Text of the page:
34 Eutrophication Living algae w/o light access consume oxygen
Decaying algae depletes oxygen levels Aerobic bacteria also consume organic waste, depleting oxygen levels. Oxygen consumption of any intensity in an aquatic life zone is detrimental to the entire food chain.                                                                                                                                                                          

35 “Now I see you for what you really are, Al G. – pond scum”

36 Is the World’s future energy source in the palm of our hands?

37 The Discoveries of Hans Gaffron
The ability of unicellular green algae to produce hydrogen gas was discovered over 60 years ago by Hans Gaffron a pioneer in the algae-hydrogen field who fled from Nazi Germany to the U.S. in 1939. The first successful attempts at hydrogen gas production in green algae were induced upon anaerobic incubation of cells in the dark. Because plant functions are at a minimum during darkness, production of H2 was minimal. A few years later, he was able to produce hydrogen gas later in a light mediated environment (“photohydrogen production”)with Chlamydomonas reinhardtii.

38 Algae and Bacteria The discovery of photohydrogen production uncovered that these eukaryotic organisms had retained some of the traits of their photosyntheic prokaryotic ancestors. Unlike normal photosynthesis these species can thrive in far red light. The understanding of these similarities led Gaffron to further success. For example, he would be the first to introduce the use of Hyrdogenase, the key enzyme in H2 production, that is contained in the DNA of algae and bacteria.

39 Fe Hydrogenase Complex multi-metal domain proteins/ enzymes of high molecular weight. Fe hydrogenase genes have been isolated in Chlamydomonas reinhardtii and showed unique structural properties.

40 Gaffron’s Attempt at Hydrogen Gas Generation Via “Photoproduction”
First, Fe Hydrogenase was encoded in to the nucleus of the unicellular green algae, which is linked to the electron transport chain in the chloroplast. After a few hours of an anaerobic induction, the enzyme activity began. Then, the light was restored because Hydrogen gas can only be created when electrons are being supplied to the electron transport chain via light energy. However, the activity of the hydrogenase lasts from only a few seconds to a few minutes and H2 production is limited.

41 Hydrogenase and Hydrogen Gas
It produces hydrogen, but only in the absence of oxygen. Therefore, Hydrogenase hydrogen production cannot occur when light is present because photosynthesis and oxidation are occurring. Finding a light-based method for generating Hydrogen gas in algae, while simultaneously containing oxygen generated during photosynthesis has been a challenge. Up until now, there had been relatively few advances in this biochemical field.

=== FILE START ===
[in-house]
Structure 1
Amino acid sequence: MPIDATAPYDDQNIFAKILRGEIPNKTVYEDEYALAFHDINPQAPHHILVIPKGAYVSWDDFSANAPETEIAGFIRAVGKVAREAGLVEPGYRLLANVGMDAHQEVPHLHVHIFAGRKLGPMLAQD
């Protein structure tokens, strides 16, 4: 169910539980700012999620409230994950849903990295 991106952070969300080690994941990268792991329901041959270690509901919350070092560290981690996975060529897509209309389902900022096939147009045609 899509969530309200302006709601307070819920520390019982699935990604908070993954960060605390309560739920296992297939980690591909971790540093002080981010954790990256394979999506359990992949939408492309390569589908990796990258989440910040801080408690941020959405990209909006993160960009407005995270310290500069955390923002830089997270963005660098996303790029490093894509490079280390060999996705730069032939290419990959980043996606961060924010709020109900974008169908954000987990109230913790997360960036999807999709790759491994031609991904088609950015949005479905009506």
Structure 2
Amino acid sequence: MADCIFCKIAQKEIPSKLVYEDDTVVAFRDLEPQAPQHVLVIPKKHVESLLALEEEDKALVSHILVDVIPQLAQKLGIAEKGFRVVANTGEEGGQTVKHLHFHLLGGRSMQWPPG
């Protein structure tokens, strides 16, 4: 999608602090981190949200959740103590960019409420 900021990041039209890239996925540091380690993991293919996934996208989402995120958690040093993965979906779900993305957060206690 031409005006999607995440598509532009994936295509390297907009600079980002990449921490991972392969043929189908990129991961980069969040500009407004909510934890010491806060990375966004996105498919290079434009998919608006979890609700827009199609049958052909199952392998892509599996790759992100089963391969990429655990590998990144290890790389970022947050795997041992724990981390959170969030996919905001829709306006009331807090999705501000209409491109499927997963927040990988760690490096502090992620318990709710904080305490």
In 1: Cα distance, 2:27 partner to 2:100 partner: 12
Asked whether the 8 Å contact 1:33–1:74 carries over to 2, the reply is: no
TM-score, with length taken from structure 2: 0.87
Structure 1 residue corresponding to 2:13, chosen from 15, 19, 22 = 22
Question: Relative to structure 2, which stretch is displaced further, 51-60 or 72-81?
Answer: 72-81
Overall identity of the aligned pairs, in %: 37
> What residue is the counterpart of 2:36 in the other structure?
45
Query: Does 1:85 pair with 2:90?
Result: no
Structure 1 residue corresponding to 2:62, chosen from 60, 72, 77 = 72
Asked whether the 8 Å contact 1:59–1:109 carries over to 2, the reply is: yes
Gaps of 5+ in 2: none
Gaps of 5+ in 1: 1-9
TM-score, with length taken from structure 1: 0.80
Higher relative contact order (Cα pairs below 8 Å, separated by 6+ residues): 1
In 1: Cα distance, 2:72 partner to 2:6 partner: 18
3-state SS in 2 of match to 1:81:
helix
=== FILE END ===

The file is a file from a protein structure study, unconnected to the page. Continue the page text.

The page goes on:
42 This Discoveries of Anastasios Melis and Thomas Happe
“Hydrogen Production. Green Algae as a Source of Energy” Plant Physiol, November 2001, Vol. 127, pp Department of Plant and Microbial Biology, University of California - Berkeley and Botanisches Institut der Universität Bonn, Germany

43 Lessons Learned From Past
Oxygen / Hydrogen Because of the Hydrogenase activity, it was decided that inhibiting Oxygen was the key to producing a sustainable and renewable source of Hydrogen gas from algae. The previous experiments had proved that Oxygen acted as a “cut off switch” for Hydrogen gas production. Sulfur / Oxygen Another collaboration of scientists had shown that removing sulfur from algae’s growth medium causes a specific but reversible decline in the rate of oxygenic photosynthesis, but does not effect the rate of mitochondrial respiration. This process was unknown before then.

44 The Groundbreaking Discovery
A hydrogen-producing C. reinhardtii culture. Hydrogen bubbles emanate toward the surface of the liquid medium. The gas is drained through a syringe (inserted in the middle of the silicone stopper) and, through teflon tubing, is collected in an inverted burette and measured by the method of water displacement.

45 Two Major Phases Photosynthesis phase - Chlamydomonas reinhardtii is grown under cool white fluorescents until the microorganisms reach a density of 3 to 6 million cells mL-1 in the culture. Sulfur Deprvation phase - The cells are deprived of sulfur which alters photosynthesis.

46 Phase One – Photosynthesis